Trump impeachment: McConnell can start trial, delay on witnesses

Senate Majority Leader Mitch McConnell appears to have secured enough Republican votes to start President Donald Trump’s impeachment trial but postpone a decision on witnesses or documents that Democrats want.

McConnell is expected to launch the trial as soon as House Speaker Nancy Pelosi sends the articles of impeachment to the Senate. She is set to meet late Tuesday with her leadership team.

The GOP leader opened the Senate Tuesday morning saying “fair is fair” as he outlined his proposal to start the trial first and postpone votes on witnesses until later in the process.

McConnell believes he has support for his plan, which is modeled after Bill Clinton's impeachment trial 20 years ago, and is set to discuss next steps at Tuesday's closed-door Senate lunch with Republicans, according to a congressional leadership aide familiar with the planning but not authorized to discuss it publicly.

Democrats are ramping up pressure on Republicans to insist on hearing from former national security adviser John Bolton and other witnesses, and not to go along with McConnell's proposal to put off voting on new testimony until later. Senate Minority Leader Chuck Schumer calls it a “trap.”

“The Republican leader seems more concerned with being able to claim he went through the constitutional motions than actually carrying out our constitutional duty,” Schumer said Tuesday. He called it an “Alice in Wonderland logic."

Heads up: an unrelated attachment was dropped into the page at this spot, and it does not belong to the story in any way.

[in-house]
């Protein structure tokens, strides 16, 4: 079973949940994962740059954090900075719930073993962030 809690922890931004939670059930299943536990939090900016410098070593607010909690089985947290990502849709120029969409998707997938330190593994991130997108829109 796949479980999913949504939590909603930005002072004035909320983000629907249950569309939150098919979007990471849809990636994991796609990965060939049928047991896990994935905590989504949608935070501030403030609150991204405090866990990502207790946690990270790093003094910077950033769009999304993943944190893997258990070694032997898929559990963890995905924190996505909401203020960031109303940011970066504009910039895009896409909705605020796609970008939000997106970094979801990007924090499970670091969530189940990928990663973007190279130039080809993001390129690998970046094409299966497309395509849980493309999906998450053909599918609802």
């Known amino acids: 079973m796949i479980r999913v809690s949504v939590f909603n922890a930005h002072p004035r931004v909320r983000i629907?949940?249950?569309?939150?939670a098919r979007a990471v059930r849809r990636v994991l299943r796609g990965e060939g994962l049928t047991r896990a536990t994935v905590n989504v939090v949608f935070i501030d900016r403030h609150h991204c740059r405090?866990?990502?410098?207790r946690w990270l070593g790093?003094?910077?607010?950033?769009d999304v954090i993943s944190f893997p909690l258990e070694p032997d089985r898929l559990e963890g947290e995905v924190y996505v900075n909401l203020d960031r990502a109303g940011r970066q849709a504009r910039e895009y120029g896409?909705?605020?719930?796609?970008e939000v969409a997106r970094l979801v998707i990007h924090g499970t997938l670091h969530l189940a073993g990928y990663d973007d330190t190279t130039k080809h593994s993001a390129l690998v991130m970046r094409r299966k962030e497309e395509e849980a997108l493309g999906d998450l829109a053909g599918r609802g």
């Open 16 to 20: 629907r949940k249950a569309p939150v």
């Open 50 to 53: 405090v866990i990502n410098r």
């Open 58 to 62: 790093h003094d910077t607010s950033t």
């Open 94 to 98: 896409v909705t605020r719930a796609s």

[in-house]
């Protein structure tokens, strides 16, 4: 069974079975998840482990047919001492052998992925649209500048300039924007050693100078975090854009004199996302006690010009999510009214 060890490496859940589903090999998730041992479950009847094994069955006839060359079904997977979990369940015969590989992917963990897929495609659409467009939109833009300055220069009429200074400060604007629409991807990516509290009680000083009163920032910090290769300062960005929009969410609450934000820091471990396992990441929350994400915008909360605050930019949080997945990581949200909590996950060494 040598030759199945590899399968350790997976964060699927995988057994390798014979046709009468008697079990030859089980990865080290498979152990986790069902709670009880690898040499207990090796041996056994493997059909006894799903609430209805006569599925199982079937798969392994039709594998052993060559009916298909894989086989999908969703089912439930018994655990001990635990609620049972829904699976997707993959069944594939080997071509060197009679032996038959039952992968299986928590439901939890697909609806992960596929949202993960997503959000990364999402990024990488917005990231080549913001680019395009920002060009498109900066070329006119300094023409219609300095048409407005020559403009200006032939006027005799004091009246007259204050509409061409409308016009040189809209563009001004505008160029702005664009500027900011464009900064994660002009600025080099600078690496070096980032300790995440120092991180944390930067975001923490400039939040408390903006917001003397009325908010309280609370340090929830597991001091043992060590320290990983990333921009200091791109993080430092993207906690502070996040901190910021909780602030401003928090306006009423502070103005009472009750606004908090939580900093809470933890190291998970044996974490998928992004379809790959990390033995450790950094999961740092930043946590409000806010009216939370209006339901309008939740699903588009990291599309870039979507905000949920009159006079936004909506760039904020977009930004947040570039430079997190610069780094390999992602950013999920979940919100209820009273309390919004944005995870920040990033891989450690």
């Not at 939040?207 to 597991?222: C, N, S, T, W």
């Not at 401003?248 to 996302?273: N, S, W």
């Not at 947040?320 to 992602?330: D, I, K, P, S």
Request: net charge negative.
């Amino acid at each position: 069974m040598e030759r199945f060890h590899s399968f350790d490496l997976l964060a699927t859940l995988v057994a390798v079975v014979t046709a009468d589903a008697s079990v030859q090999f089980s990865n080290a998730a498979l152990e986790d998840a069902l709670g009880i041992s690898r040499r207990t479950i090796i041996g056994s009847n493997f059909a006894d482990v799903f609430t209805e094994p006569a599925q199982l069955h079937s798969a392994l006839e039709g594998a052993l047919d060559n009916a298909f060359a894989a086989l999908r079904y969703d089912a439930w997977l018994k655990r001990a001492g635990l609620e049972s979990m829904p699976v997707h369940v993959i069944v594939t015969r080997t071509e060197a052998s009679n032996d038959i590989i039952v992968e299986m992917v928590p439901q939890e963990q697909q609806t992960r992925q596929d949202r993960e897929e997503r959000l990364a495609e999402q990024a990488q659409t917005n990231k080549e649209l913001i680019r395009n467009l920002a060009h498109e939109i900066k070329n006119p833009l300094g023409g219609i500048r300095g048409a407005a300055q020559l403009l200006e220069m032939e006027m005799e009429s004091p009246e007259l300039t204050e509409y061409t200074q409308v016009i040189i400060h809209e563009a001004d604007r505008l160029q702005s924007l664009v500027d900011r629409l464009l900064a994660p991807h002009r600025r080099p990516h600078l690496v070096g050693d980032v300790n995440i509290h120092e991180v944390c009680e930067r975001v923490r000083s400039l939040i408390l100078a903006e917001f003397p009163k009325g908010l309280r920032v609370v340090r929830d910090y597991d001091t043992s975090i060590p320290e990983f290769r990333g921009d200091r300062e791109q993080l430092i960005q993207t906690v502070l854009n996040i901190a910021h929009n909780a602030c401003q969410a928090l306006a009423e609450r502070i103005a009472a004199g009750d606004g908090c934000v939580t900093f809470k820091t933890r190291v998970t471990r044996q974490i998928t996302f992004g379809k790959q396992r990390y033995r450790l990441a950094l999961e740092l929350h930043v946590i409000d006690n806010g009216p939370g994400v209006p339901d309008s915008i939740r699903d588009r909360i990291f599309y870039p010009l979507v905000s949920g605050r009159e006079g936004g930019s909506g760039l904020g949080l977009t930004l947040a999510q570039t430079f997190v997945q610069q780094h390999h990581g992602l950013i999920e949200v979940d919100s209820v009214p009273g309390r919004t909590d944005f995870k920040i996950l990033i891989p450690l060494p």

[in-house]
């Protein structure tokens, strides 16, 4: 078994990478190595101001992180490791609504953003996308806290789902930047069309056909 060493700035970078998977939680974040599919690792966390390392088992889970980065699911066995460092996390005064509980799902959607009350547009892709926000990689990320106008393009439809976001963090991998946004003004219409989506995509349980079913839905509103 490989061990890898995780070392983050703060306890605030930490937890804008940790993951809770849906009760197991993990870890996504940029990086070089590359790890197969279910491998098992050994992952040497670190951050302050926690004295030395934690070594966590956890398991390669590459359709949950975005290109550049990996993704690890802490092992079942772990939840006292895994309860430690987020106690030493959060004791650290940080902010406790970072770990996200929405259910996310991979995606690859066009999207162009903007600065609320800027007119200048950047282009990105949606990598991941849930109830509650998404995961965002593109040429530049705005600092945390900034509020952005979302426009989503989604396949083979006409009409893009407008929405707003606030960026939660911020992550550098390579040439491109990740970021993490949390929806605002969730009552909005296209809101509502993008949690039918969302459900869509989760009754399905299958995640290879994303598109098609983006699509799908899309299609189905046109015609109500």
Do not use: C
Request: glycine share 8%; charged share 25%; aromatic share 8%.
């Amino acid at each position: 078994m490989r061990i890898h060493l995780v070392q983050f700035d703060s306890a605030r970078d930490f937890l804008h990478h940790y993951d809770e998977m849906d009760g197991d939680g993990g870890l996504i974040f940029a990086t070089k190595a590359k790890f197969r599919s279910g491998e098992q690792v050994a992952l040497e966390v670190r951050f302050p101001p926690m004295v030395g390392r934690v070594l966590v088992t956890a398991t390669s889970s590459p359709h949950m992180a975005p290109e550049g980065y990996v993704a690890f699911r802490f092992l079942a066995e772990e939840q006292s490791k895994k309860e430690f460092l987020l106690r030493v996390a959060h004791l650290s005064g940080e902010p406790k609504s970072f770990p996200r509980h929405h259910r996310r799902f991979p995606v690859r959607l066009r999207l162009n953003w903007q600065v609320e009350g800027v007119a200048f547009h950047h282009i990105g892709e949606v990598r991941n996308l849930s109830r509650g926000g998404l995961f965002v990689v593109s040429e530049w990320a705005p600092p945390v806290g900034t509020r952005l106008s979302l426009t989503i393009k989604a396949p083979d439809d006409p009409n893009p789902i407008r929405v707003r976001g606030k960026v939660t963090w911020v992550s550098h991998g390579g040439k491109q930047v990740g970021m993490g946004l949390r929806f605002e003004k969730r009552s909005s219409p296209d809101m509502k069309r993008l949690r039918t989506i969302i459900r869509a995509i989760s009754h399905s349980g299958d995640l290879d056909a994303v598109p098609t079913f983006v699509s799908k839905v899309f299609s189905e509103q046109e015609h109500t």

Just four GOP senators would be needed to deny McConnell his majority, but he appears to have locked up the votes. Several GOP senators have indicated they want to hear from Bolton and other witnesses, but they are nevertheless standing with McConnell's plan for starting the trial.

Sen. Mitt Romney, R-Utah, said Tuesday the Clinton process "provided a pathway” to start the trial and consider witnesses “down the road.” He said he supports it.

“I'm comfortable with that process,” Romney said. "And at this stage, I'd like to hear from John Bolton and other witnesses with the right information, but that process will accommodate that.”

Sen. Susan Collins, R-Maine, has also said she supports McConnell's approach. Others say they are not sure they even need to hear from Bolton or other witnesses.

“It’s not that I don't want to hear from him,"said Sen. Thom Tillis, R-N.C. "I want to hear from him when the House is willing to do their work and have the same agreement with the ambassador on their side of the Hill.”

Trump faces charges that he abused the power of the presidency by pressuring Ukraine's new leader to investigate Democrats, using as leverage $400 million in military assistance that is critical for the ally as it counters Russia at its border.

The funding for Ukraine was eventually released but only after Congress intervened.